In Chart #2, which is the same USD/CAD chart shown above entry points for proactive and reactive trading. In both cases, the trade would have been profitable but profits are never guaranteed particularly when trading news, which is why using stops is very important. In the case of USD/CAD, had we been greedier and decided to ride the trade through the non-farm payrolls report, it would have been a disaster.
Here are some tips to predicting economic data for anyone interested in proactive trading.
Tip: To Forecast Employment, Look at Employment Component of PMI Reports
The degree of job growth or lack thereof is very important to a country’s economic outlook. If the labor market is doing well and jobs are plentiful, it is usually synonymous with a strong and improving economy. If companies are laying off workers in size, then there is a good chance that the economy is weakening. Forecasting the potential surprise in the labor market is not as difficult as it may seem. Nearly every major country releases purchasing managers’ reports (PMI) for the service, manufacturing and construction sectors prior to the official employment report. In the U.S., it is called the ISM report. Within each of these reports is a subcomponent titled as employment. If the employment component of the 3 reports increased from the previous month, then there is also a good chance that the number of jobs created rose as well. However if the 3 reports show that the labor market has deteriorated, then there is a good chance that the official labor market report will show the same deterioration. A good jobs number is typically positive for the currency while a weak number will usually cause the currency to sell off. This information can usually be found through a simple Google news search using a clever combination of words.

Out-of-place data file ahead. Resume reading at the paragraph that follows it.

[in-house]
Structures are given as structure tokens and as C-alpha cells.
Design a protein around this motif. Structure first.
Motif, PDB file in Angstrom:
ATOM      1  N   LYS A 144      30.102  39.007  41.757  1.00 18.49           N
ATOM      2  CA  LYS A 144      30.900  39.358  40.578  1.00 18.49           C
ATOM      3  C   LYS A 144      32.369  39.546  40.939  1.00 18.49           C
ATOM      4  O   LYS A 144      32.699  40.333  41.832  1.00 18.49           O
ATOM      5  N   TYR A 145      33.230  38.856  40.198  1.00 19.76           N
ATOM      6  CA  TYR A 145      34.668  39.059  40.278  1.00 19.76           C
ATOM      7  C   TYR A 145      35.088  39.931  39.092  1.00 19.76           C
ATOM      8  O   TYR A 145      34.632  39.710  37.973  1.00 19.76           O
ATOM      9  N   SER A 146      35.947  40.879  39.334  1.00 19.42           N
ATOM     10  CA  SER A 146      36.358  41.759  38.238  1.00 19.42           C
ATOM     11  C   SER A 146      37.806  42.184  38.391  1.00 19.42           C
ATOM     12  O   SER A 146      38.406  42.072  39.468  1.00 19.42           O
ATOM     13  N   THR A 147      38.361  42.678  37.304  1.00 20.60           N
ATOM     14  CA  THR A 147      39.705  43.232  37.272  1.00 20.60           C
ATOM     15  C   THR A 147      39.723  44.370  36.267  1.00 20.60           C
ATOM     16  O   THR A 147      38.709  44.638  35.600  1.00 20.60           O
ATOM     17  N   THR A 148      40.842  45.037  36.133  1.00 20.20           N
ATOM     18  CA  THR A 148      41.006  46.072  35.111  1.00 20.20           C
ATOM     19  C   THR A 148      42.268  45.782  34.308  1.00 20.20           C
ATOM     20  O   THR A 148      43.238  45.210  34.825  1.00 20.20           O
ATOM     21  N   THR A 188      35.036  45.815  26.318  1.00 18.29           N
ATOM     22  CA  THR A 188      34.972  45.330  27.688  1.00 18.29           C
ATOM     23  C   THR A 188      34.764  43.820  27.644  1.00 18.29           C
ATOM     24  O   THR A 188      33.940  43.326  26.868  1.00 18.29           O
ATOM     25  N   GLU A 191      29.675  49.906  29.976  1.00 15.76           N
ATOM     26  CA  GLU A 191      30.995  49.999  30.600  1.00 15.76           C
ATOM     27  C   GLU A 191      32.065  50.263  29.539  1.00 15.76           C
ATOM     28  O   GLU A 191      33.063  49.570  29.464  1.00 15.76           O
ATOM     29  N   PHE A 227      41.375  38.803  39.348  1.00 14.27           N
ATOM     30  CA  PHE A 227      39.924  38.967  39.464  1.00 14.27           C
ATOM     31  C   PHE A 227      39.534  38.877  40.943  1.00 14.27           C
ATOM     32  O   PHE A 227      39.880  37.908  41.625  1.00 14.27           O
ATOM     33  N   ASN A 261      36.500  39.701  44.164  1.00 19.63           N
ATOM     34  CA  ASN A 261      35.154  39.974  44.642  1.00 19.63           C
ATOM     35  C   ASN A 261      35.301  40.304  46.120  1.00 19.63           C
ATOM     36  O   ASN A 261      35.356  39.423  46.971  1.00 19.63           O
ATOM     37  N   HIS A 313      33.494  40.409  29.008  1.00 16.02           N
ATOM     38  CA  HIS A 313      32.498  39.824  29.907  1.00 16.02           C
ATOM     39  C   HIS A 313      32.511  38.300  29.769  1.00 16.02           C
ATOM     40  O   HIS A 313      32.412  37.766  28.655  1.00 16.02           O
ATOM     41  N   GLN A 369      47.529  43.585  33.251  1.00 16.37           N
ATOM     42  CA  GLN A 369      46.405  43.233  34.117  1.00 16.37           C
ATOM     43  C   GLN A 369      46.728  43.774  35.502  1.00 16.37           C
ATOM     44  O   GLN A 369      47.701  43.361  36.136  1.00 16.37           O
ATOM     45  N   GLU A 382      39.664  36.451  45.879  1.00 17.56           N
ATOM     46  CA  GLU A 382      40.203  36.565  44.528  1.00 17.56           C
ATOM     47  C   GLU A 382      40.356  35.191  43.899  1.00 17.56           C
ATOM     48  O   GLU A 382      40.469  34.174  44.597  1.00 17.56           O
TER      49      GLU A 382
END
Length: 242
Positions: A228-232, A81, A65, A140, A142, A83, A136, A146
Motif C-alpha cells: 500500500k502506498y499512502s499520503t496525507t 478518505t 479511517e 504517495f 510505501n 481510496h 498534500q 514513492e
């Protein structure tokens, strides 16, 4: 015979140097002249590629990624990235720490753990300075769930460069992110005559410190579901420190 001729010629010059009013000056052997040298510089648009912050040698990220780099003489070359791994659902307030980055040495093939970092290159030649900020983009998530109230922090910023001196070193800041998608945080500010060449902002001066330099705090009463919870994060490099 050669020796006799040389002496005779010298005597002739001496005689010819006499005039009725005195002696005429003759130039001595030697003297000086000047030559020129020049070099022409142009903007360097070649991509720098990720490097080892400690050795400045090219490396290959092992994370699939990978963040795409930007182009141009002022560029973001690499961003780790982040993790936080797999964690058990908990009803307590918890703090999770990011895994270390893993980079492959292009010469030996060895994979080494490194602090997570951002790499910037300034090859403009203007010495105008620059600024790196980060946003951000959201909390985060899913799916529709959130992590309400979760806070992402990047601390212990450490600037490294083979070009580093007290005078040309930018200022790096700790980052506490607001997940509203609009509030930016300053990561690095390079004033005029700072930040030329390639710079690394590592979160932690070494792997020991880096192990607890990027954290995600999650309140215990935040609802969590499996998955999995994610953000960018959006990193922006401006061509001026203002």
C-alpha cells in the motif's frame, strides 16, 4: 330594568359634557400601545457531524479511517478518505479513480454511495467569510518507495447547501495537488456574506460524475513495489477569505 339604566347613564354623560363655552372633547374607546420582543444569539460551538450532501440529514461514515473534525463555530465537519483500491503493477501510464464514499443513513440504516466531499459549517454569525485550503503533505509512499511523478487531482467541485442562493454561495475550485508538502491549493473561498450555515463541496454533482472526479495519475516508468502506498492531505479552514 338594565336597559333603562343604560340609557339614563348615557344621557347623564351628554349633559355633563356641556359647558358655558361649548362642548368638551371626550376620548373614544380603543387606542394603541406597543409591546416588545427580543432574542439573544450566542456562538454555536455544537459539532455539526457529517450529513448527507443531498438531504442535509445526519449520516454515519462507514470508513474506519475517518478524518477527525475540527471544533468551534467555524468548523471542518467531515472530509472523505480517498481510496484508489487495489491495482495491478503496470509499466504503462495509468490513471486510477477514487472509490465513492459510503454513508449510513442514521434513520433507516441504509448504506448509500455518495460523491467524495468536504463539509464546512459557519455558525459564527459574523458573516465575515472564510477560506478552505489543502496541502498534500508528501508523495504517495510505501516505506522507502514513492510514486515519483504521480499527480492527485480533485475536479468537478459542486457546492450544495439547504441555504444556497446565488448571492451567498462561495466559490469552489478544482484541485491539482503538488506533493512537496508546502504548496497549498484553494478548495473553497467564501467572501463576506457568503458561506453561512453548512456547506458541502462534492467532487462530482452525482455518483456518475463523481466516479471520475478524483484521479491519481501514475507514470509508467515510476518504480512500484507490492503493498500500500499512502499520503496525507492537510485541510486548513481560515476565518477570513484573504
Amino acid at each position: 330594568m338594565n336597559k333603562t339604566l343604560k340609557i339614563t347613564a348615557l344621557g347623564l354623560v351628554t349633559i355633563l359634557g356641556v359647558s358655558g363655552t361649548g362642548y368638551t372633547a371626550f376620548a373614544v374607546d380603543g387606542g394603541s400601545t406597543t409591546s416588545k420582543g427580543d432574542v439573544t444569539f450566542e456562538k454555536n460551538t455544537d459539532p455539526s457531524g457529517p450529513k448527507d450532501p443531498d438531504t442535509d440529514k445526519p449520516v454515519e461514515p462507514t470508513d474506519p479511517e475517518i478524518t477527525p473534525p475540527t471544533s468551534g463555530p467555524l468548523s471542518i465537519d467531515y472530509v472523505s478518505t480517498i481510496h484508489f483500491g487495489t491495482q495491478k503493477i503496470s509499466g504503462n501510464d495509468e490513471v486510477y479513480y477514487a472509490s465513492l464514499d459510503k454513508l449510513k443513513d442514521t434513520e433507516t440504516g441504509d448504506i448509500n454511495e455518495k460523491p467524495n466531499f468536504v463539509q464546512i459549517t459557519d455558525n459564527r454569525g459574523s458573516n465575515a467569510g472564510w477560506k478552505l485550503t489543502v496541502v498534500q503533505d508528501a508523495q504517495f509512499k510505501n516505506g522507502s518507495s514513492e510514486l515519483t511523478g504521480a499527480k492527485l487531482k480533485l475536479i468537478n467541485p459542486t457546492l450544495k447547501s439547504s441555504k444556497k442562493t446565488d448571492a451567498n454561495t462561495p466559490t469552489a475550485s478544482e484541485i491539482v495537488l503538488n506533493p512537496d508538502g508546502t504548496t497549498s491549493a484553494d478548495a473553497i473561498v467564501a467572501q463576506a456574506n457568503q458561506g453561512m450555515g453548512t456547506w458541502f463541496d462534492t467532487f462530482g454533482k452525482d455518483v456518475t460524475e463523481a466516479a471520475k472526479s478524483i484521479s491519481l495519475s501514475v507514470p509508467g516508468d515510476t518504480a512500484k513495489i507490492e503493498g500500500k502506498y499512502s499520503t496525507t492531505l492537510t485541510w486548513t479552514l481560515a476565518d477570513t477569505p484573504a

Tip: To Forecast Retail Sales, Look at Confidence and Sales Component of PMI Services
The degree of consumer spending is just as important as the amount of job growth because it measures the contribution that consumers are making to the economy. If consumers are spending and retail sales are strong, then there is a good chance the economy is growing which is positive for the currency. If it is weak, then it is a cause for concern which usually translates into weakness for the currency. Forecasting the potential improvement or deterioration of retail sales is also not as difficult as one would expect. In Australia for example, most months, the performance of services index is released before retail sales and within the PSI report, there is a subcomponent titled sales. The PSI report is released by the Australian Industry Group which is an independent not for profit association and their results have a reasonably good correlation with the government’s figures.
Tip: Look at Producer Prices
A country’s consumer price report is also a tradable news release because keeping prices stable is a part of the mandate for many central banks. In fact, for the European Central Bank and the Bank of England, it is their top priority. Thankfully forecasting CPI is not as difficult as it seems. Producer prices, which measures inflation on a wholesale level is typically reported before consumer prices. If PPI accelerates quickly, there is a good chance that CPI will rise as well as producers pass their costs to consumers. If PPI falls, CPI has a good chance of declining.
Forecasting economic data is not easy but a Masters in Economics is not needed either – just some common sense. Try it for yourself, and if you still find it challenging, there is always reactive trading.
This article is sponsored by www.compareforexbrokers.com.au